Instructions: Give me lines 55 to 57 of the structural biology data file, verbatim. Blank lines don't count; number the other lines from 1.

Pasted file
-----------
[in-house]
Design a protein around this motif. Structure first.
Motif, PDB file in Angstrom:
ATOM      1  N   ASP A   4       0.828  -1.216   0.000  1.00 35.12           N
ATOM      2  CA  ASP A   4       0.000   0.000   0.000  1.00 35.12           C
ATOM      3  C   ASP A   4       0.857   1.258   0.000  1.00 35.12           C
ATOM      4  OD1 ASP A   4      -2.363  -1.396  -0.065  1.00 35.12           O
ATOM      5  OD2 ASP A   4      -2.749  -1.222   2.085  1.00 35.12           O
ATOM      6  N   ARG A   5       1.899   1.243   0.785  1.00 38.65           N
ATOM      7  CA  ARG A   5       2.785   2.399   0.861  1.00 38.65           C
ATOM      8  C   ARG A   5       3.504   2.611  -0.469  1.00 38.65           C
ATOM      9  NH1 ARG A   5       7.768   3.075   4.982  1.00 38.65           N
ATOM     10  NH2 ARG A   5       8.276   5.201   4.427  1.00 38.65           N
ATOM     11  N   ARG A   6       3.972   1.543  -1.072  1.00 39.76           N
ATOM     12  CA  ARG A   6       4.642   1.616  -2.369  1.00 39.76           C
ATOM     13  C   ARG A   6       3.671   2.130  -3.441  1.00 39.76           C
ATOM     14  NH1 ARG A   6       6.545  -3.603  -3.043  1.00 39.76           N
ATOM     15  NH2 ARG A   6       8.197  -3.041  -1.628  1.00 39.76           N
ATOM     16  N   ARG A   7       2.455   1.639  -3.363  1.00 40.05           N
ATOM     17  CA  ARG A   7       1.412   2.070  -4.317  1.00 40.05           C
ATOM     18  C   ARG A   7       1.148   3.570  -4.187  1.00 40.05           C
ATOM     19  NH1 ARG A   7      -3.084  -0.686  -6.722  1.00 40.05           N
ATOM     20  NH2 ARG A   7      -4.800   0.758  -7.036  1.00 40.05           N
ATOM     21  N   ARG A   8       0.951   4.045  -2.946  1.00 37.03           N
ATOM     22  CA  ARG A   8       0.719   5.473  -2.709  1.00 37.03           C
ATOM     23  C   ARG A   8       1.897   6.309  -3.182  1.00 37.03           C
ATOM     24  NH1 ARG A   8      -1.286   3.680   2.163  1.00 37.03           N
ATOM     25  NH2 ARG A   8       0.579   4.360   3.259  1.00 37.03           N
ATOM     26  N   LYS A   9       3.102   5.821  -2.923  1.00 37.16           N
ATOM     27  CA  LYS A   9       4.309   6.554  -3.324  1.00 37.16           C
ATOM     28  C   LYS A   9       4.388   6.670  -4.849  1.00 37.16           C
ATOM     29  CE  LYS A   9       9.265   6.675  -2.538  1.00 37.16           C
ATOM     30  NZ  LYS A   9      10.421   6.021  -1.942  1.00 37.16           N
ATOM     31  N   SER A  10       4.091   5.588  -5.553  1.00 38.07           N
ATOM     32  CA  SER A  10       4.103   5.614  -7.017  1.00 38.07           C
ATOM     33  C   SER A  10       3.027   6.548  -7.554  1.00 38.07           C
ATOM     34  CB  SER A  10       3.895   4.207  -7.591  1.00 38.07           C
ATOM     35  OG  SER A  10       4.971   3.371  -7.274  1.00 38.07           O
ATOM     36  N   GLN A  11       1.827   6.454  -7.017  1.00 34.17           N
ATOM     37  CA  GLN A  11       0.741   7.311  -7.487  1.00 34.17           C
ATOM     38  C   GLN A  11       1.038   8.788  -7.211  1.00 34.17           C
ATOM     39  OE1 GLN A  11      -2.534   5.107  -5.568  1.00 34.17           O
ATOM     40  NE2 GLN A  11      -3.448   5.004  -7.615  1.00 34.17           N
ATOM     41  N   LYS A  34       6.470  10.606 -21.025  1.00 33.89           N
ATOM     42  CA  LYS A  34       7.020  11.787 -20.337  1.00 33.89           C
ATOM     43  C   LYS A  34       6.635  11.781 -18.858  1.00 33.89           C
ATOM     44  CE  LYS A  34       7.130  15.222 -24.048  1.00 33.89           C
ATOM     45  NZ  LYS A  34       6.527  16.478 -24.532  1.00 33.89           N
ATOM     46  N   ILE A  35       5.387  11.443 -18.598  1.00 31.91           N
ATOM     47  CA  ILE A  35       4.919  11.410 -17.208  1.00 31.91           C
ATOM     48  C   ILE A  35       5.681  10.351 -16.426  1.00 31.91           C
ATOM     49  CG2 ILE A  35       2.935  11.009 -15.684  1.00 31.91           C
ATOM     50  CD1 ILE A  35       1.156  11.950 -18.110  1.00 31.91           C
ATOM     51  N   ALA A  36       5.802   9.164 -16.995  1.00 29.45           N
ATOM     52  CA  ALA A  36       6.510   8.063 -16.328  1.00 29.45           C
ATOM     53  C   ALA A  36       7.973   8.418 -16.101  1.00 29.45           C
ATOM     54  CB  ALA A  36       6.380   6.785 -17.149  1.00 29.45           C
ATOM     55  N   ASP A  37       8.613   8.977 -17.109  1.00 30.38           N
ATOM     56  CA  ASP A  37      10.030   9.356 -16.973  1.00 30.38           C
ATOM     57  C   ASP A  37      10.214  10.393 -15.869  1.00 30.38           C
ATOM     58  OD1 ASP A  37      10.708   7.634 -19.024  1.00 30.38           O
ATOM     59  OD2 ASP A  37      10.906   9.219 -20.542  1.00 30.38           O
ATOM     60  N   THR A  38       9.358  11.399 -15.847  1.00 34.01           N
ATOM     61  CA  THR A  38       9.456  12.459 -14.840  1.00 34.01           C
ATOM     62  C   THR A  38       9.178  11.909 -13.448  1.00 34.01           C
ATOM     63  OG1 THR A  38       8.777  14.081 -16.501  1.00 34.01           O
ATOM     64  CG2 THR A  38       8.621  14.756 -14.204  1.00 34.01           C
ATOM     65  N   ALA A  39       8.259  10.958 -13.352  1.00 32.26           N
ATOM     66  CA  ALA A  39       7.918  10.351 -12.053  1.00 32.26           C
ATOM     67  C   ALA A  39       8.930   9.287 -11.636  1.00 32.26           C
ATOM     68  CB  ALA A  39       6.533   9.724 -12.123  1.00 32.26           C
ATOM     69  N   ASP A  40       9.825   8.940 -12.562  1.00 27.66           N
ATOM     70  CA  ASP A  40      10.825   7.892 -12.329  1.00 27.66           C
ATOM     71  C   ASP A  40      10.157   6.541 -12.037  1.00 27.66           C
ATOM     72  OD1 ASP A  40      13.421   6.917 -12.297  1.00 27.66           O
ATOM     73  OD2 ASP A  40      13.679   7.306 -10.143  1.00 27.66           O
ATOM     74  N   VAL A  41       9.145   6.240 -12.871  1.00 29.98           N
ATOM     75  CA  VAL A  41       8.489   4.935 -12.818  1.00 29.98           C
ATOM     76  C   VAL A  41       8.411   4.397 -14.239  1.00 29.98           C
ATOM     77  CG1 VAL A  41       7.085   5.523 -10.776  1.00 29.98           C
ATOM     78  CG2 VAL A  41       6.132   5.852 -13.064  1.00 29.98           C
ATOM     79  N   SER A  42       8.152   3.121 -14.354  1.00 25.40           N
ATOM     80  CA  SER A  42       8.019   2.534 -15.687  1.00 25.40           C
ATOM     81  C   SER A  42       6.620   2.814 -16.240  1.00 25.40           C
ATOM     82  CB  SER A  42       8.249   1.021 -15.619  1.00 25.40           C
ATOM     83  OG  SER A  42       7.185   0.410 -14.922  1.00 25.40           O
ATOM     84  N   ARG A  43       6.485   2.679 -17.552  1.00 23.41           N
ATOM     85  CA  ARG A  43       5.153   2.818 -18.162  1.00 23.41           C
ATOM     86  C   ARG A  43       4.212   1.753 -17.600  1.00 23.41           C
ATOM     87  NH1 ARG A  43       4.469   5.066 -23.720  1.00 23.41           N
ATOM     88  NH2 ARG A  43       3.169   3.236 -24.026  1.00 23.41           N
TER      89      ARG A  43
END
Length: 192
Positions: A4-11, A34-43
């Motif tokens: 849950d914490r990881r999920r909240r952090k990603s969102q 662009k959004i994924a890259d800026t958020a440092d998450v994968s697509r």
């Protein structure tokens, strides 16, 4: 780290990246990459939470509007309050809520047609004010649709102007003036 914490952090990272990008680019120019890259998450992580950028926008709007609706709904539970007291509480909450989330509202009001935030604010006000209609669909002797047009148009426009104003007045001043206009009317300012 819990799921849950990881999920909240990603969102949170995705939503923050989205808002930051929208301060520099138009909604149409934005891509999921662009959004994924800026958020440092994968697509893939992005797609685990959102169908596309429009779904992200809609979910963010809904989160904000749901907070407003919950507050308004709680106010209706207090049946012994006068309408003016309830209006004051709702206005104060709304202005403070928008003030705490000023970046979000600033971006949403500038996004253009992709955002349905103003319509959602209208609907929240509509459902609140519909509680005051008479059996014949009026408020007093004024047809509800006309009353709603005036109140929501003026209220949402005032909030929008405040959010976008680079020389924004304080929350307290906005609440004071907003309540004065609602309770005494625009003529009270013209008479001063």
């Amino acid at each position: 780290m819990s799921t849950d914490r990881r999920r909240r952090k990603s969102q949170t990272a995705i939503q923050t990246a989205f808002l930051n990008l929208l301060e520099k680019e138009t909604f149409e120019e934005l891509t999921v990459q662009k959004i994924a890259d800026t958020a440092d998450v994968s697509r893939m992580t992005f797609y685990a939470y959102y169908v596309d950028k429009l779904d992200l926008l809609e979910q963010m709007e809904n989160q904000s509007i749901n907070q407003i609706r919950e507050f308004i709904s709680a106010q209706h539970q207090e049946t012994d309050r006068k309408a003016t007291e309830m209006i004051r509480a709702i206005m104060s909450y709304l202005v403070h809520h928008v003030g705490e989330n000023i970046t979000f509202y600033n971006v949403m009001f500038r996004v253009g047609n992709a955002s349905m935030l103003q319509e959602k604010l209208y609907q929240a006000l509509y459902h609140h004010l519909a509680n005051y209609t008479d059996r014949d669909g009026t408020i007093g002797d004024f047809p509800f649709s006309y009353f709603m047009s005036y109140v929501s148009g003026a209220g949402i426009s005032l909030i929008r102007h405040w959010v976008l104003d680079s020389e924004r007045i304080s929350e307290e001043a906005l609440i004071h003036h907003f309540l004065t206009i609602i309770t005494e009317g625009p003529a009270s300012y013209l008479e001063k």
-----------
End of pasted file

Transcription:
ATOM     52  CA  ALA A  36       6.510   8.063 -16.328  1.00 29.45           C
ATOM     53  C   ALA A  36       7.973   8.418 -16.101  1.00 29.45           C
ATOM     54  CB  ALA A  36       6.380   6.785 -17.149  1.00 29.45           C